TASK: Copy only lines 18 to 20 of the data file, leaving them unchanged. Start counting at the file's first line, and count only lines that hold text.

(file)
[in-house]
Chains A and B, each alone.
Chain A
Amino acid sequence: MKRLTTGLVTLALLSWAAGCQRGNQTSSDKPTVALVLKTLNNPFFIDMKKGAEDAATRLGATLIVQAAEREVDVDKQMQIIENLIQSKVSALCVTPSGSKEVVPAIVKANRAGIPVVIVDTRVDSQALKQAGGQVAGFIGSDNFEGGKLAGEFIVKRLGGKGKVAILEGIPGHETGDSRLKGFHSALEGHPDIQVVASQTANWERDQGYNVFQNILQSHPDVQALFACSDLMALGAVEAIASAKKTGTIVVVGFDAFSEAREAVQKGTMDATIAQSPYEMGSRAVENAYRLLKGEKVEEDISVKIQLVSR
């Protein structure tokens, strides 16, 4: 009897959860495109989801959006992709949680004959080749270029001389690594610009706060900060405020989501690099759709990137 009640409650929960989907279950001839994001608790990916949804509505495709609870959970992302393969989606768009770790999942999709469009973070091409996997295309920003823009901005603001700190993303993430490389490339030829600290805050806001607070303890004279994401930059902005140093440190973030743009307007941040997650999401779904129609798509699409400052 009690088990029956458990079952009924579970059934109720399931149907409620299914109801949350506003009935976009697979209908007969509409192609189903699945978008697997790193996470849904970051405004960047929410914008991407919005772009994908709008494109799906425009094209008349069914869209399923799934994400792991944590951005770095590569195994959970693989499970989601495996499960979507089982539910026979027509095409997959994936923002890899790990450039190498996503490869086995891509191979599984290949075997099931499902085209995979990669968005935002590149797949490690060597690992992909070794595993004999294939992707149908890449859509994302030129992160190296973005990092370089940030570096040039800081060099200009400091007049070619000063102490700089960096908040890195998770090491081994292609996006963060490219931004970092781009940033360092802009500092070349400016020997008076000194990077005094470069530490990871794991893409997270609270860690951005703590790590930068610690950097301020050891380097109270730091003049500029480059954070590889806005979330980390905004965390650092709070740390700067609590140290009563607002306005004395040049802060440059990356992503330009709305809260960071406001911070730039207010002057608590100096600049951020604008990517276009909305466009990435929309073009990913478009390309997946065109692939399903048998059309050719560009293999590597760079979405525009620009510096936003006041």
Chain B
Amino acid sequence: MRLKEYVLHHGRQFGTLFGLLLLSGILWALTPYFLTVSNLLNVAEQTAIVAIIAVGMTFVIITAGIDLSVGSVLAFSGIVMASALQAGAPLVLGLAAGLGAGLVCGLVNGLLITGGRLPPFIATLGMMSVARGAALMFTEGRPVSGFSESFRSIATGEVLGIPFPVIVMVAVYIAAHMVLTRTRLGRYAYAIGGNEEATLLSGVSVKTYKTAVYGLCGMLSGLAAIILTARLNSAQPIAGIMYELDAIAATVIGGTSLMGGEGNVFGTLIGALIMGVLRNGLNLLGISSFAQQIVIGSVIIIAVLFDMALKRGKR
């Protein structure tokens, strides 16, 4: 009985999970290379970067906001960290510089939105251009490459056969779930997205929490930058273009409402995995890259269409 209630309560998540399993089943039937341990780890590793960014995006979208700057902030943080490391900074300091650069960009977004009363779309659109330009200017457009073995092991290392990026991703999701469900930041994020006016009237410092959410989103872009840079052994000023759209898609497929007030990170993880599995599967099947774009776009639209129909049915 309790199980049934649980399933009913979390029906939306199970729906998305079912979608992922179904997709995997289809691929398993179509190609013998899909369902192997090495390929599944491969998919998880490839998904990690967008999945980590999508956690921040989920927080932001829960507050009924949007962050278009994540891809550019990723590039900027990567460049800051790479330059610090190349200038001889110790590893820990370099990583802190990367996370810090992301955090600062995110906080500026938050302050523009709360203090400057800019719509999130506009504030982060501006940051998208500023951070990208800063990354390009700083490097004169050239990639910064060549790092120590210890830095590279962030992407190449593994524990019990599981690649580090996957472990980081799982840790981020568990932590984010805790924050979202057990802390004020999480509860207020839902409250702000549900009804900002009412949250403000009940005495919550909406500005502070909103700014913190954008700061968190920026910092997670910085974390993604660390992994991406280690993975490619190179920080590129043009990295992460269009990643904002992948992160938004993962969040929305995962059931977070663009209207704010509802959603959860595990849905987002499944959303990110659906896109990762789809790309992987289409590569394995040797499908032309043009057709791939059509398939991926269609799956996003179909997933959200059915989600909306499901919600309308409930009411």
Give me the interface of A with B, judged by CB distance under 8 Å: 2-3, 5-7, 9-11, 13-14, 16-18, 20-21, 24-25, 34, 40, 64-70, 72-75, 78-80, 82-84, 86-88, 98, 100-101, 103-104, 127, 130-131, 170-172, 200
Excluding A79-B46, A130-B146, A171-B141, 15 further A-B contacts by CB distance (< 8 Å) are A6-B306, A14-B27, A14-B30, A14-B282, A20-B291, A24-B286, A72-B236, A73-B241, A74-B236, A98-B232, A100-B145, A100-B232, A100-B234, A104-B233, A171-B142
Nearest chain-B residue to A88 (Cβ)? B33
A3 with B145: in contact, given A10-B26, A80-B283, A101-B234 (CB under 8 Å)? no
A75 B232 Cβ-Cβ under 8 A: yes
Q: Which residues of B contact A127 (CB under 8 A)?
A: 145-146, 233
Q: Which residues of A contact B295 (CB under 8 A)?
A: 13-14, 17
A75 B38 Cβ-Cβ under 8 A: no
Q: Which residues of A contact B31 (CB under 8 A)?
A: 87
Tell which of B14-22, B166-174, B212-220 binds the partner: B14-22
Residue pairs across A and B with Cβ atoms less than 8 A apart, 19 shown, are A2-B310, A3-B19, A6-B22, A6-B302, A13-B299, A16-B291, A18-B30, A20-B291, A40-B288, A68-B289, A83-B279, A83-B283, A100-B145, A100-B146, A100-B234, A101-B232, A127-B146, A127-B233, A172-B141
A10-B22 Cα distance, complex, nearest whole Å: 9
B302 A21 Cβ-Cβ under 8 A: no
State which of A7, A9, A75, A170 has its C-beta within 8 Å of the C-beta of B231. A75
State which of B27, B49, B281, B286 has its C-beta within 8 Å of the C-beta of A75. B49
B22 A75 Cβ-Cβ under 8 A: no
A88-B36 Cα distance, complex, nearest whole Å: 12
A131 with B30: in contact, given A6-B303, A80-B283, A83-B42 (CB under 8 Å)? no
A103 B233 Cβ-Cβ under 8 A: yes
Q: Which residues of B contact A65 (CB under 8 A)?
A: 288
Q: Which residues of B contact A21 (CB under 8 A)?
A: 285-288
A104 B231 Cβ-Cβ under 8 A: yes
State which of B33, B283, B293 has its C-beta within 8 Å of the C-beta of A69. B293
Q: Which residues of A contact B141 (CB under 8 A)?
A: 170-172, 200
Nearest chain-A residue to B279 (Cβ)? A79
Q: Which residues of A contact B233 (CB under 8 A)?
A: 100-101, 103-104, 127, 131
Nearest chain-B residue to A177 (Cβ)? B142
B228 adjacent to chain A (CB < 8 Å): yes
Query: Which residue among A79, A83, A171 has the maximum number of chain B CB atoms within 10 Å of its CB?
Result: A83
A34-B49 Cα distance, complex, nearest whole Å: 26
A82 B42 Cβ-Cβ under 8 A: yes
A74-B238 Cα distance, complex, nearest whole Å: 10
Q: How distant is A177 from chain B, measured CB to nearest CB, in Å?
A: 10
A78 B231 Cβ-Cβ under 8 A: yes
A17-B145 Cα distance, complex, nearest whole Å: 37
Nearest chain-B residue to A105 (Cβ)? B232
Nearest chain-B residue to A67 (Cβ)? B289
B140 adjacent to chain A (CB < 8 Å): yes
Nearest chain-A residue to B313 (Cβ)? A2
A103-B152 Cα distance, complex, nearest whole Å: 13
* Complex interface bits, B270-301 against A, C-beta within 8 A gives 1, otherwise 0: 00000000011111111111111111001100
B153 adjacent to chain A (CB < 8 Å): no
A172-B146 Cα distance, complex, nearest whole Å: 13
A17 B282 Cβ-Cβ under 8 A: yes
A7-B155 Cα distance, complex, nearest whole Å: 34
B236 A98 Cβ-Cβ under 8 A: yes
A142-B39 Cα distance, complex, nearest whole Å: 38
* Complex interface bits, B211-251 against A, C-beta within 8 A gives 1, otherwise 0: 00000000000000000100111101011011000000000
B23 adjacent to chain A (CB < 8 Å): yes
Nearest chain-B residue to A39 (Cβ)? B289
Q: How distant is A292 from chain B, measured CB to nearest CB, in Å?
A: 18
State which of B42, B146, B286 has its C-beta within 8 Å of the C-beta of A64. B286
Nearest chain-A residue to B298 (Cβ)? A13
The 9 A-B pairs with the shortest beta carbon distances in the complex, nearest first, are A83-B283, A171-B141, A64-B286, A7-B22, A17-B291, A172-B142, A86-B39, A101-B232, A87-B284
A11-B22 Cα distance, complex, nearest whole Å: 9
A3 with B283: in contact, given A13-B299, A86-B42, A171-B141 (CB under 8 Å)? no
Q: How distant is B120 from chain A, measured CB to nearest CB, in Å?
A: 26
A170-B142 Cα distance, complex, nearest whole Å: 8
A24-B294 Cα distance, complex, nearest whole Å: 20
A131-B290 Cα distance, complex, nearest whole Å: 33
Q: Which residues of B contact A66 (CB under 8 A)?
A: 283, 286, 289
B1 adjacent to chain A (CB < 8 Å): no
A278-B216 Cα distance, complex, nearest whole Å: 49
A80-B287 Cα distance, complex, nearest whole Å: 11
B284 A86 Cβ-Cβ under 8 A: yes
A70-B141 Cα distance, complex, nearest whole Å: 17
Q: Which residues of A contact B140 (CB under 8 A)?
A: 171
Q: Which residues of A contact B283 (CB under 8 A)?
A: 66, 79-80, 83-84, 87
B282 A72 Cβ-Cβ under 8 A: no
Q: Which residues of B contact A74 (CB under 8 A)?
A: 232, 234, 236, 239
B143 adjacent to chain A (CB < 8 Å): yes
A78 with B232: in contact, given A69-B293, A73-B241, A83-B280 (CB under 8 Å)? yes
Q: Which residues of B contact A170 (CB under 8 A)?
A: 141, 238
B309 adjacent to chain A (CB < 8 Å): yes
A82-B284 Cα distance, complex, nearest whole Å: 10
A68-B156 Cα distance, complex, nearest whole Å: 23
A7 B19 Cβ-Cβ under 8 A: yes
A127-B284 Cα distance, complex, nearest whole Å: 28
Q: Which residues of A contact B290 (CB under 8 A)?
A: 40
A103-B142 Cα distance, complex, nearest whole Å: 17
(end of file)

A75 B38 Cβ-Cβ under 8 A: no
Q: Which residues of A contact B31 (CB under 8 A)?
A: 87